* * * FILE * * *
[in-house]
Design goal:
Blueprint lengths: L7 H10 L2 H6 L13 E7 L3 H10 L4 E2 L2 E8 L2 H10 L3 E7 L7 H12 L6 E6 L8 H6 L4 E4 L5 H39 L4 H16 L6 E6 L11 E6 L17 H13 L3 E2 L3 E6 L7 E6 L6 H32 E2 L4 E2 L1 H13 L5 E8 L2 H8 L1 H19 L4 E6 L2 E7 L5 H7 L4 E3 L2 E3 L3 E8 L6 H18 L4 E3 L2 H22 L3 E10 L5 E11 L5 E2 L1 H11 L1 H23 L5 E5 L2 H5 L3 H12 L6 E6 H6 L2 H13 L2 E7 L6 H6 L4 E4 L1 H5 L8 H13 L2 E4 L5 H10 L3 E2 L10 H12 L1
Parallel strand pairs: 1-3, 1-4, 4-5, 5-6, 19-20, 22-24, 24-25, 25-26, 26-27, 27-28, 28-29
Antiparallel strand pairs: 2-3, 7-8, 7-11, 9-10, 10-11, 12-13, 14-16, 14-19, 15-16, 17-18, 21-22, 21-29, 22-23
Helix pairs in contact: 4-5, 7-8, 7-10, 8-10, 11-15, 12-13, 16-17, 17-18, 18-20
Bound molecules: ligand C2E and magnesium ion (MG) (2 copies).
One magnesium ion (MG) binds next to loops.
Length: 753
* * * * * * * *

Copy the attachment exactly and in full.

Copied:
[in-house]
Design goal:
Blueprint lengths: L7 H10 L2 H6 L13 E7 L3 H10 L4 E2 L2 E8 L2 H10 L3 E7 L7 H12 L6 E6 L8 H6 L4 E4 L5 H39 L4 H16 L6 E6 L11 E6 L17 H13 L3 E2 L3 E6 L7 E6 L6 H32 E2 L4 E2 L1 H13 L5 E8 L2 H8 L1 H19 L4 E6 L2 E7 L5 H7 L4 E3 L2 E3 L3 E8 L6 H18 L4 E3 L2 H22 L3 E10 L5 E11 L5 E2 L1 H11 L1 H23 L5 E5 L2 H5 L3 H12 L6 E6 H6 L2 H13 L2 E7 L6 H6 L4 E4 L1 H5 L8 H13 L2 E4 L5 H10 L3 E2 L10 H12 L1
Parallel strand pairs: 1-3, 1-4, 4-5, 5-6, 19-20, 22-24, 24-25, 25-26, 26-27, 27-28, 28-29
Antiparallel strand pairs: 2-3, 7-8, 7-11, 9-10, 10-11, 12-13, 14-16, 14-19, 15-16, 17-18, 21-22, 21-29, 22-23
Helix pairs in contact: 4-5, 7-8, 7-10, 8-10, 11-15, 12-13, 16-17, 17-18, 18-20
Bound molecules: ligand C2E and magnesium ion (MG) (2 copies).
One magnesium ion (MG) binds next to loops.
Length: 753